Stripping cloth diapers

Today I stripped my diapers. Noah has woken up the past two mornings crying. Not just fussing, wanting me to get him out of the crib crying, but really crying. Usually when he's crying I can pick him up and his problems are solved, but the past two mornings have been different. He has been really crying. I'm talking serious tears that stream into his ears while I change his diaper. The past two mornings I' have found his diaper area to be red and he doesn't stop crying until he is wiped clean, slathered in CJ's Butter and in a new diaper. Poor baby! I even found a couple spots of blood on his nighttime diaper this morning from all the irritation. So today, I decided to strip my diapers.

If you're new to cloth and curious about stripping, hopefully this post will help you!

What does it mean to strip cloth diapers?
Stripping means to rid the diapers of any residue in the diaper.  The residue can be build up from detergents or diaper creams or it can be from ammonia build up that occurs over time.

When to strip cloth diapers
If you are experiencing any of the problems below, you should strip your diapers!

  • Diapers aren't as absorbent as they once were
  • Diapers don't smell clean after being washed
  • Strong smell after being peed in 
  • Lots of leaks
  • Repelling (diapers not absorbing at all)
  • Irritation on babies skin after wearing a diaper

How to strip cloth diapers

  1. Load your diapers into your washer as you normally would. 
  2. Run a pre-rinse cycle with just hot water.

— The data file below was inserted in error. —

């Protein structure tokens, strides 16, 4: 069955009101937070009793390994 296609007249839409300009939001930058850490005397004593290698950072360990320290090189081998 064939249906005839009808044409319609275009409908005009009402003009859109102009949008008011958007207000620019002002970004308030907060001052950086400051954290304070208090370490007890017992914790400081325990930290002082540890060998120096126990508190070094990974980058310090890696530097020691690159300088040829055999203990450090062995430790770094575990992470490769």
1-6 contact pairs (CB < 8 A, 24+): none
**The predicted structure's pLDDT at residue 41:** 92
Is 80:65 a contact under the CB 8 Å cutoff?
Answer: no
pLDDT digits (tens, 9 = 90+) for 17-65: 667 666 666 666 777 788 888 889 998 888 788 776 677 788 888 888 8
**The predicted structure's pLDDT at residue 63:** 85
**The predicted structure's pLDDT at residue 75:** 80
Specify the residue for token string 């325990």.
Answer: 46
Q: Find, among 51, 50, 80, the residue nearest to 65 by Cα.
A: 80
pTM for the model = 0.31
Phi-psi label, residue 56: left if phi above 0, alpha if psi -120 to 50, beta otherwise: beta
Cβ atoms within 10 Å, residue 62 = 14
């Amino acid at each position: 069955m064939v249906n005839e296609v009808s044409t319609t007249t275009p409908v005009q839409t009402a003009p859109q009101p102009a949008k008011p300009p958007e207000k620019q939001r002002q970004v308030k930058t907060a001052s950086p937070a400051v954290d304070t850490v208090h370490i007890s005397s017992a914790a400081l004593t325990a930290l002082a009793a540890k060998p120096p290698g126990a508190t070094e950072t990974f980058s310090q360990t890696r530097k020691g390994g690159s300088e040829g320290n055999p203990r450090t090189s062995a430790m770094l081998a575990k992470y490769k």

3. Run a long, hot wash cycle with Original Dawn Dishwashing Liquid (1 Tbsp. for non HE machines, 1 tsp. for HE machines) and up to a 1/2 cup of regular bleach.
  4. Do two rinse cycles. 
  5. Complete rinse cycles until there are no longer any bubbles.


  • BumGenius recommends using bleach on your diapers, but it voids many other cloth diaper warranties! Be sure to check with your manufacturer recommendations before using bleach on your diapers. 
  • If you are having severe ammonia problems, there are other methods you should look into before deciding that this is the best one! 


  1. Please note that using Dawn on an HE washer may clog up the hoses and void all warranties. If the build up is from ammonia or hard mineral build up Dawn won't help. Dawn is usually recommended for build up of accidental use of non-CD safe diaper ointment or fabric softeners. Ammonia or hard mineral build responds best to RLR. I'm also excited about Grovia's new Rx product.

  2. i am new to cloth diapering so this is very great to know and seems really easy to do thanks for posting!

  3. I just started cloth diapering and am a little discouraged about the ammonia smell already happening with my diapers. I don't use them overnight because the smell was so strong the very first morning we tried using them overnight...and that was a diaper with inserts that had never been used before so I don't know how there could have been build up. Thanks for posting!...I'll try stripping them again but I might have to stop if I can't get the smell out. Cloth safe detergent is expensive and I can't keep spending $15-$20 to find one that works. I'm currently using Tiny bubbles. I think it's a grovia brand. I'm also waiting for an order of RLR to come in so hopefully that will do the trick too!

    1. Hi Michele. Honestly, I've always eventually ended up with an ammonia problem using "safe" detergents. Tide has been the best bet. It is not considered safe and voids many warranties, but it gets my diapers clean, keeps the ammonia at bay, and from what I can tell it's not damaging my diapers.


Related Posts Plugin for WordPress, Blogger...